The campus community was formally introduced to California State University, Dominguez Hills Interim President Willie Hagan on Wednesday, September 5 as he presented the annual university fall convocation address and welcomed back campus faculty, staff, and – for the first time ever at convocation – students.
Reflecting on the short three months since his presidency began, Hagan told the audience of more than 450 people, “I have been walking and breathing this campus, meeting faculty, students, staff, administrators, donors, and community members. And as I got a closer look it became clear to me that this is not a place where people come just to get an education, people come to Cal State Dominguez Hills to be transformed. The dedication and the commitment of Dominguez Hills faculty and the staff under daunting financial and operational circumstances is incredible.”
Hagan touched on the numerous accomplishments that the university, its faculty and students have achieved in recent years—illustrative of the strong academic work being done on the campus—from millions of dollars in research and program grants to representation at the CSU system level of student research, from national scholarship awards for students to the university being recognized nationally in conferring degrees to minority students. Even with all the university has achieved, Hagan said he knows CSU Dominguez Hills can reach greater heights.
“What can be achieved for our students is boundless if we are all working together, sharing, communicating, focused; controlling what we can control and dealing as best we can with everything else,” he said. “We need bold, innovative, and aggressive thinking on how best to improve and advance this university. We need this from our vice presidents, managers, faculty, staff, and students.”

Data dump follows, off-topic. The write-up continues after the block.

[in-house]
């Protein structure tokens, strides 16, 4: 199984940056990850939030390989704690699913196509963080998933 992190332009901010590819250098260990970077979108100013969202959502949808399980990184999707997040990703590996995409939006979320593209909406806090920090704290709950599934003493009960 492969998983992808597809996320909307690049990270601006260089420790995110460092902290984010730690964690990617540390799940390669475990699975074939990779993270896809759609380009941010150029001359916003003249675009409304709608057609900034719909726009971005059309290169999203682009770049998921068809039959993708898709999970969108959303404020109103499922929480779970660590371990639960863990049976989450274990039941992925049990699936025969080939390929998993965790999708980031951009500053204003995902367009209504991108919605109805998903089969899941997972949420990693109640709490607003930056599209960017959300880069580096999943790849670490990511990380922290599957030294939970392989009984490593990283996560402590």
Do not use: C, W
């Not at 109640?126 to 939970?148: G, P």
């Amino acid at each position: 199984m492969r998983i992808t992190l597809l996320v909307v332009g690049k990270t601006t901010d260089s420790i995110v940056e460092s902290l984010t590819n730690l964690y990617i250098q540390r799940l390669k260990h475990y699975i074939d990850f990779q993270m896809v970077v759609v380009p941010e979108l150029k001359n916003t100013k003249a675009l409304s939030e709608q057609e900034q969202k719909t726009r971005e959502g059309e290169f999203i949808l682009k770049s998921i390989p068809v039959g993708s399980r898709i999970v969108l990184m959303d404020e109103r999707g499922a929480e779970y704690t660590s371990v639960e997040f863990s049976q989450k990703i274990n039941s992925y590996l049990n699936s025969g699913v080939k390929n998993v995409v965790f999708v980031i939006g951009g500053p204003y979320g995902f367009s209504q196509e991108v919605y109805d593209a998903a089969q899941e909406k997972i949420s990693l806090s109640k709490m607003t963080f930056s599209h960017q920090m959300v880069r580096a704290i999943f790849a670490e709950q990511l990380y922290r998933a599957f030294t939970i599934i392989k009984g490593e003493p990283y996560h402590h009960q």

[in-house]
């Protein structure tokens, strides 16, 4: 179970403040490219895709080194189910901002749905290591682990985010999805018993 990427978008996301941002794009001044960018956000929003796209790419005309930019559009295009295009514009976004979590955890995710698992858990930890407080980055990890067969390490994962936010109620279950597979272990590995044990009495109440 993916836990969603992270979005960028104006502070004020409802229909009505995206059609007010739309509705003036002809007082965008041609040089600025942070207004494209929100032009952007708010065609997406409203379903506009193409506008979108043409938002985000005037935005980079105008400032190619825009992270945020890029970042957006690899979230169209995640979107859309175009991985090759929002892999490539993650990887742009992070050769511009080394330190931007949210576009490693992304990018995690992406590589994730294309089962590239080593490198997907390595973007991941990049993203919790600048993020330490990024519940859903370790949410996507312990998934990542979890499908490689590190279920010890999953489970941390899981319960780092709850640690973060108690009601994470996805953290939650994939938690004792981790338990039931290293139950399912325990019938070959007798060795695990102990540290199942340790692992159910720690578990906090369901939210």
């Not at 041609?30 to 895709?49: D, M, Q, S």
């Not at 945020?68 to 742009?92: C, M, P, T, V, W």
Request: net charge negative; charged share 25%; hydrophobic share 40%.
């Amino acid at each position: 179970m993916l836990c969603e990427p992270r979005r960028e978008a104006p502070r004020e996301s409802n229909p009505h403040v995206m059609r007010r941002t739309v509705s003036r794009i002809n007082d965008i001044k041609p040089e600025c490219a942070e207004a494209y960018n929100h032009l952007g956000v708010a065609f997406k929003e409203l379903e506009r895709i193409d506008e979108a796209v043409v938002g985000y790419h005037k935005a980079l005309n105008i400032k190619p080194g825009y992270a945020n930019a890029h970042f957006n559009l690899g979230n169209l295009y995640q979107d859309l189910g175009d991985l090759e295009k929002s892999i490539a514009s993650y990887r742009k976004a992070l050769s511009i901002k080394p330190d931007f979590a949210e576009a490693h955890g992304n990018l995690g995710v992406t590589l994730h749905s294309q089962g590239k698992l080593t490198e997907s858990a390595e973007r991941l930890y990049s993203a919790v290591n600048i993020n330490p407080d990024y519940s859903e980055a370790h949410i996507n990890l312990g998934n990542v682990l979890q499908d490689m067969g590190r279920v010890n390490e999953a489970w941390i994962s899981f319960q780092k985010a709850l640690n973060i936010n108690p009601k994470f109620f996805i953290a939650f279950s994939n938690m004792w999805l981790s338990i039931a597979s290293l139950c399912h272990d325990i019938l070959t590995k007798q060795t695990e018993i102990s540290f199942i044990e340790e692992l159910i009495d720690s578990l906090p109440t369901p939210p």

Hagan said, in the interest of collaboration and engagement, he plans to initiate a series of town hall meetings to “discuss timely issues of importance to the future of our campus,” and in a more intimate setting, connect with faculty, staff, and students through lunch meetings to gather ideas and feedback.
Opportunities are still ahead, but so are challenges. Hagan said the university’s budget is in limbo waiting for the November election and outcome of Gov. Jerry Brown’s Prop 30 tax initiative. The University Budget Committee has made recommendations to the president to cover a mid-year cut with one-time funds, he said, adding “but we will need to address the long-term potential impact of an additional $5.8 million baseline budget reduction should the proposition fail.”
He said the first campus town hall will take place in October and focus on the budget. Vice President Mary Ann Rodriguez and he will go into detail in an open dialogue and discussion. A second town hall in November will update the campus on the status of the campus budget in light of the election results.
Another challenge the university faces is its graduation rates, which lag behind the CSU average. Hagan said increasing graduation rates is imperative and toward that end Hagan wants to expand student success initiatives.